Hiring the right coach is the key. The right coach might sometimes be a guy who failed elsewhere. He might sometimes be a guy getting his first chance. I would not rule out a coach from consideration just because he ultimately failed in another organization.

Toni from Seattle writes: Mike, i know that there is a lot of speculation about the Hawks #4 pick in the draft this year. Some people want Crabtree others want an O-Linemen and other want a defensive player particularly a pass rusher. i forget if you said or i might have read it elsewhere that a pass rusher would in all accounts be drafted if Kerney isn't healthy and ready to go yet. so i was just wondering do you think that the Hawks would draft Brian Orakpo to fulfill that position if it were to become available? or do you think that he is going to be taken that high, and if so would another team in front of the Hawks take him sooner? i just want to know because he to me can be an immediate impact player. just a thought, thanks and i love your NFC West coverage.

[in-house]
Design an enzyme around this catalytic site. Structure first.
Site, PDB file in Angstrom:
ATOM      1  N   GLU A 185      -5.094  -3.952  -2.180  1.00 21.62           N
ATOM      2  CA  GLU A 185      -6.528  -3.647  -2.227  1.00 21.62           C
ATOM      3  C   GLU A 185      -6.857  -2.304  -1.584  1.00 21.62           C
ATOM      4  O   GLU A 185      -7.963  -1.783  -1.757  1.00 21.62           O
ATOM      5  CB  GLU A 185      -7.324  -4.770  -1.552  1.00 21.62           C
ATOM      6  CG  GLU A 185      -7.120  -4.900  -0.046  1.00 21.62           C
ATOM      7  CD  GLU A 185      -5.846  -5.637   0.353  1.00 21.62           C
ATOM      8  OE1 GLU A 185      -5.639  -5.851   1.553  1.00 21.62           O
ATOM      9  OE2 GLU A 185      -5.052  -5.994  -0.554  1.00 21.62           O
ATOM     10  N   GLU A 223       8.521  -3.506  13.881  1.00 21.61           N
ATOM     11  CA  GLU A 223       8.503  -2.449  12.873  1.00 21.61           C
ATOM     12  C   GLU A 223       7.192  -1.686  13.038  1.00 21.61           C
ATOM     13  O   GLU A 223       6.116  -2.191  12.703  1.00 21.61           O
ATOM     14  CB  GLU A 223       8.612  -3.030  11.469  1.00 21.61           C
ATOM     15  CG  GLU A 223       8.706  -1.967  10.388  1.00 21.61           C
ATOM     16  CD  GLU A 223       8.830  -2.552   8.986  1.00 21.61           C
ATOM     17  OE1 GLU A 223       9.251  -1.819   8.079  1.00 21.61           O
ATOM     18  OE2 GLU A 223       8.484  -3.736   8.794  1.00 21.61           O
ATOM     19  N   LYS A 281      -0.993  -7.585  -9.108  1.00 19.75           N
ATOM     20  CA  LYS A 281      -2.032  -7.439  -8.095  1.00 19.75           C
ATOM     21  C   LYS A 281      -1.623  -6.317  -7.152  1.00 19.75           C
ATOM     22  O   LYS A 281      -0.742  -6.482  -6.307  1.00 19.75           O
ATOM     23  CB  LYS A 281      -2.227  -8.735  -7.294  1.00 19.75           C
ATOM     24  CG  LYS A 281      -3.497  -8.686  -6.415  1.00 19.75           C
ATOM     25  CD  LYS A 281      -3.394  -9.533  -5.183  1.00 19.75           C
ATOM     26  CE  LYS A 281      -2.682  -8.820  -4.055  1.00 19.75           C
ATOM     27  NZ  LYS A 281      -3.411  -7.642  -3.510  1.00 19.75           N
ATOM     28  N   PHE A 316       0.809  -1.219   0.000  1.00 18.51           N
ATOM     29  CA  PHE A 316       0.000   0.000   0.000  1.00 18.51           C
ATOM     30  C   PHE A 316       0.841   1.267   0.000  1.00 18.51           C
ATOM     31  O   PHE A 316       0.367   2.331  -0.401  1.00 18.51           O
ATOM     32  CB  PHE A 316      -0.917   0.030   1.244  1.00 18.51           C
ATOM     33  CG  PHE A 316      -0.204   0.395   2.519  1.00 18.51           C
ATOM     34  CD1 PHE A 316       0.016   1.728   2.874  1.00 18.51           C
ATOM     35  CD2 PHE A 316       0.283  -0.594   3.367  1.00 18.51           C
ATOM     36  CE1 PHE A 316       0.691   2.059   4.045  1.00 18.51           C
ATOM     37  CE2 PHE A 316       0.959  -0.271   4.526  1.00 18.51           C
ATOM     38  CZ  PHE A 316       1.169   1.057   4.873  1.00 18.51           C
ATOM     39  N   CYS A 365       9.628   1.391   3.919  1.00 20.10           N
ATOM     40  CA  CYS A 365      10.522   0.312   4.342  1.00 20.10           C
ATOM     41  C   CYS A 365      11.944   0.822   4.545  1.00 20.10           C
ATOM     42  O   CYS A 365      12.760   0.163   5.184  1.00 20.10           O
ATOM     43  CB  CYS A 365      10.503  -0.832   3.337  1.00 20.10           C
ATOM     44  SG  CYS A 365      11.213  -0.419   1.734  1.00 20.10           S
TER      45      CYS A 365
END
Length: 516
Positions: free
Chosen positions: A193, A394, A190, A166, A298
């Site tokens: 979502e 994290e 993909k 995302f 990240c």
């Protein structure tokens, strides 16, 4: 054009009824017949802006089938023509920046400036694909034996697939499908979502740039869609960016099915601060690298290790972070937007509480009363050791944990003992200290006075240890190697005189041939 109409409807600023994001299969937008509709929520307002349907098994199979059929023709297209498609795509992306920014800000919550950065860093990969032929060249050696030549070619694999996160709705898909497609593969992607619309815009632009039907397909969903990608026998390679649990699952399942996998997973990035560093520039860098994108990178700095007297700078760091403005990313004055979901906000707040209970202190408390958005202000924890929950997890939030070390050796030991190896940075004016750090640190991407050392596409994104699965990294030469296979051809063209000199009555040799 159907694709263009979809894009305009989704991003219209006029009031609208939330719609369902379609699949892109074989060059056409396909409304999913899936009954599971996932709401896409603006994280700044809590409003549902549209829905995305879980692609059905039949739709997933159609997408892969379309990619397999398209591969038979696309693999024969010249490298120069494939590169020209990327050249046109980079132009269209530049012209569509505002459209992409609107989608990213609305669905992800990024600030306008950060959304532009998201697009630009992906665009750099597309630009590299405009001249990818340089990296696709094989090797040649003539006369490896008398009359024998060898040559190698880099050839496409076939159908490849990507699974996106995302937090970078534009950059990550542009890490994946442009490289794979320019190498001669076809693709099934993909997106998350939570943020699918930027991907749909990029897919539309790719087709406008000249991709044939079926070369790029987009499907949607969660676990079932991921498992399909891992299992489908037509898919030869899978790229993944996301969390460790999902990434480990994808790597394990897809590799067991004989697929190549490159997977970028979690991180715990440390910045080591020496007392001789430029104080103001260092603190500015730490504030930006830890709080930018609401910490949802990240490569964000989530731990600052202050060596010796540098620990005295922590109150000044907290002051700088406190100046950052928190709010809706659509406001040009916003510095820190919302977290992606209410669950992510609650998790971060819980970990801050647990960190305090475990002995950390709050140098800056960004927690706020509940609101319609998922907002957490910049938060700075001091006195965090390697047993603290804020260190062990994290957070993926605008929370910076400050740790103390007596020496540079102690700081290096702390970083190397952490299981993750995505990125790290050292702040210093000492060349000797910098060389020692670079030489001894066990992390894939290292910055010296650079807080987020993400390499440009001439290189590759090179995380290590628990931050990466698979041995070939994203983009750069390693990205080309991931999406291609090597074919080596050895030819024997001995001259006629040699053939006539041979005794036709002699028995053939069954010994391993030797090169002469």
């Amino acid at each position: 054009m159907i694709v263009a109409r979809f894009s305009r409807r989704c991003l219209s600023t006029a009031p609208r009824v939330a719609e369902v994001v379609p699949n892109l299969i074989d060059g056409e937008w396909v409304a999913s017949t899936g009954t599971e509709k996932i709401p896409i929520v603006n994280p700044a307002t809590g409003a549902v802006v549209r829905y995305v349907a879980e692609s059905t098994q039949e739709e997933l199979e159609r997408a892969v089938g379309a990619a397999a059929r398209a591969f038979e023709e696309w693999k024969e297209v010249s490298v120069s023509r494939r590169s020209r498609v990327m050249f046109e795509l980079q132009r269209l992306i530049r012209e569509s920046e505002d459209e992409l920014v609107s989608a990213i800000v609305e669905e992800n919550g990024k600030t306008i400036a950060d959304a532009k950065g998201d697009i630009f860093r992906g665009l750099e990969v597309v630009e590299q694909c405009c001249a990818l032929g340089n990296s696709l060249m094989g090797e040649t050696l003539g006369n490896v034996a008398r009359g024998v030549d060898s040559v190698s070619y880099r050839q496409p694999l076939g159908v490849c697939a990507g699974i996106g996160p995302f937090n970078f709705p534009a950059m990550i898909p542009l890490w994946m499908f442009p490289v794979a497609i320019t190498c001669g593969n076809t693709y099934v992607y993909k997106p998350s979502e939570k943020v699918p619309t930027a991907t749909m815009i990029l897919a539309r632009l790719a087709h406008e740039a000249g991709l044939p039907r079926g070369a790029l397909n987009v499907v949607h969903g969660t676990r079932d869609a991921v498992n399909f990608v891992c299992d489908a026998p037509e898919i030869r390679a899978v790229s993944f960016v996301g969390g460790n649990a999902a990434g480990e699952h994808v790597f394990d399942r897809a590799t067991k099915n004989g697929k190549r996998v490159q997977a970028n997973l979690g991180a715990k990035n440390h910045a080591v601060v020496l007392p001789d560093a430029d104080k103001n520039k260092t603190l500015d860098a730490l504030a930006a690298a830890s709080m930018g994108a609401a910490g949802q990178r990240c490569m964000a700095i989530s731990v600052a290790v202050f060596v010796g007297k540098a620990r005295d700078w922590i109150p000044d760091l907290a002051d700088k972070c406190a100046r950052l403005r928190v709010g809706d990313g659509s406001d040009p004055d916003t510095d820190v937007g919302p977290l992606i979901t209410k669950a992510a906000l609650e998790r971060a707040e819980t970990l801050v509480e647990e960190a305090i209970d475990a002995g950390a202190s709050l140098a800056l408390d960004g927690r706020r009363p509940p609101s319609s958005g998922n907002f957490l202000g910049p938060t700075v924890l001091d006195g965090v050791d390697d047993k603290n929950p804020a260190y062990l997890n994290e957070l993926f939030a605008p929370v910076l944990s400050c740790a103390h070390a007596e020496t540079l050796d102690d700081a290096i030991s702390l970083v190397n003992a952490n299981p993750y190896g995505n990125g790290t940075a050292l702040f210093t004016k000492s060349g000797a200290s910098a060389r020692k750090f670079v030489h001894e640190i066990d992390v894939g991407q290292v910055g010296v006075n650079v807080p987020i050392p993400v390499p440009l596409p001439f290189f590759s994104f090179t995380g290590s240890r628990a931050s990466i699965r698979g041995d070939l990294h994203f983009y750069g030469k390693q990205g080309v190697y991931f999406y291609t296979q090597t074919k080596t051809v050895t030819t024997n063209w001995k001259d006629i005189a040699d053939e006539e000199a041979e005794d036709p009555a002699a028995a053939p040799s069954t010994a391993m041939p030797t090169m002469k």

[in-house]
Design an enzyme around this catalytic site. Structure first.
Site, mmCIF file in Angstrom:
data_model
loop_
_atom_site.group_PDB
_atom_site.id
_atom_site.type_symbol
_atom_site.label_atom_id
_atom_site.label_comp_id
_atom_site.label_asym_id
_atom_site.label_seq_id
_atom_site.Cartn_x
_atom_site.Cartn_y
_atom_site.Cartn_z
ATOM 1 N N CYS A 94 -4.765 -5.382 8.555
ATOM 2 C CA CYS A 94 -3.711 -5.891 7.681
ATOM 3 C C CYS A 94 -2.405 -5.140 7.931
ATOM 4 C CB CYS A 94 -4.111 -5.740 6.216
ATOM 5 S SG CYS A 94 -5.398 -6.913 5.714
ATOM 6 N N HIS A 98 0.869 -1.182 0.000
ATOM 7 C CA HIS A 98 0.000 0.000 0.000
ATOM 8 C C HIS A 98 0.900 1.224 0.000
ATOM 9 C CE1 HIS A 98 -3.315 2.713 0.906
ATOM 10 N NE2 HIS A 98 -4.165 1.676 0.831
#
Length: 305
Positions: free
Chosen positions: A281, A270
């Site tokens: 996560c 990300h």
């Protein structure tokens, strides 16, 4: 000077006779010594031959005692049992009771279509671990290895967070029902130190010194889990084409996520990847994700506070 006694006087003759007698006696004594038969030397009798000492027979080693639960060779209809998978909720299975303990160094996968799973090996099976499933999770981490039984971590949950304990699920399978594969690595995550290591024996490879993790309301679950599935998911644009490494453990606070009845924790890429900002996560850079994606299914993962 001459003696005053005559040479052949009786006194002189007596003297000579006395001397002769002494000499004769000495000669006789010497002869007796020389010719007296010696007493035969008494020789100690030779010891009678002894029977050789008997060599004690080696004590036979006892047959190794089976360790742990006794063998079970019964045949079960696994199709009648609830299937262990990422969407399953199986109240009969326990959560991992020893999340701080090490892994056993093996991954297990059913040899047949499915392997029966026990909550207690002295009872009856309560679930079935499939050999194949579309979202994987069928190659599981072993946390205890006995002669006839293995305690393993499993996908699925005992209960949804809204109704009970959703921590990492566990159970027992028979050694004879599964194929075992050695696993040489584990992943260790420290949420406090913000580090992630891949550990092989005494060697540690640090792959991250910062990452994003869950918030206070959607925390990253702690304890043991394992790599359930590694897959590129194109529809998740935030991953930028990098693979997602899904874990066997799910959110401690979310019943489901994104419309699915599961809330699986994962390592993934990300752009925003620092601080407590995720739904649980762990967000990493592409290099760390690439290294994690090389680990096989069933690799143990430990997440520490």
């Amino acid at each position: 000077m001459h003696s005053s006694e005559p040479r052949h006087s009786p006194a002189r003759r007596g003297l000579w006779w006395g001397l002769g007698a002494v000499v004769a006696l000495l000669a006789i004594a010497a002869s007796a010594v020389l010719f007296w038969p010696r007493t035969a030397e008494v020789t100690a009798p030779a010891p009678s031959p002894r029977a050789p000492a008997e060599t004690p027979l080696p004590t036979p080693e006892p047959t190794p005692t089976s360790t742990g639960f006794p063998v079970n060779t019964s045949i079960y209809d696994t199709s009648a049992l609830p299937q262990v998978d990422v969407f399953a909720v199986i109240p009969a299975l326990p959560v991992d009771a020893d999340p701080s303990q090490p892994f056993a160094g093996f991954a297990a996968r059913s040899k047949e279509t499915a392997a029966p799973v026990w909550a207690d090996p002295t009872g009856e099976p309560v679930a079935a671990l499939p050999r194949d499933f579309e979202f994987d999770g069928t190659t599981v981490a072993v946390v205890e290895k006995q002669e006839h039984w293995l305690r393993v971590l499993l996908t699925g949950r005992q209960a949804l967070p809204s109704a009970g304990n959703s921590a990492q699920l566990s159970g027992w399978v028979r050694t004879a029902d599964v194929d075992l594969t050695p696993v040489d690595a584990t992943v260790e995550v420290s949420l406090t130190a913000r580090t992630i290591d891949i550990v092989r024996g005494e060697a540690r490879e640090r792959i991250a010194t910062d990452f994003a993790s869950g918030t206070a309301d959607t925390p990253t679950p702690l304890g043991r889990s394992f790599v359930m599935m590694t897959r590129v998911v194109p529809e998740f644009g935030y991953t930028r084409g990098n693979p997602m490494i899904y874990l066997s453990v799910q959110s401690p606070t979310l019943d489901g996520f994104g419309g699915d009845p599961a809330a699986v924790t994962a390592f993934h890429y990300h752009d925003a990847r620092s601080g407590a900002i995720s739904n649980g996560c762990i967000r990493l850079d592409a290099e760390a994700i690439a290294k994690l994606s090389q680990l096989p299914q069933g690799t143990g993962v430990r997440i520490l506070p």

Mike Sando: Thanks, Toni. I must rely on others for analysis of the college players. I do not watch them during the season, for obvious reasons.

One of the scouts I trust told me he didn't see any pass rushers worthy of such a high pick, except for possibly the Wake Forest linebacker. I see the Seahawks going for a playmaker with that pick, as opposed to finding an offensive lineman.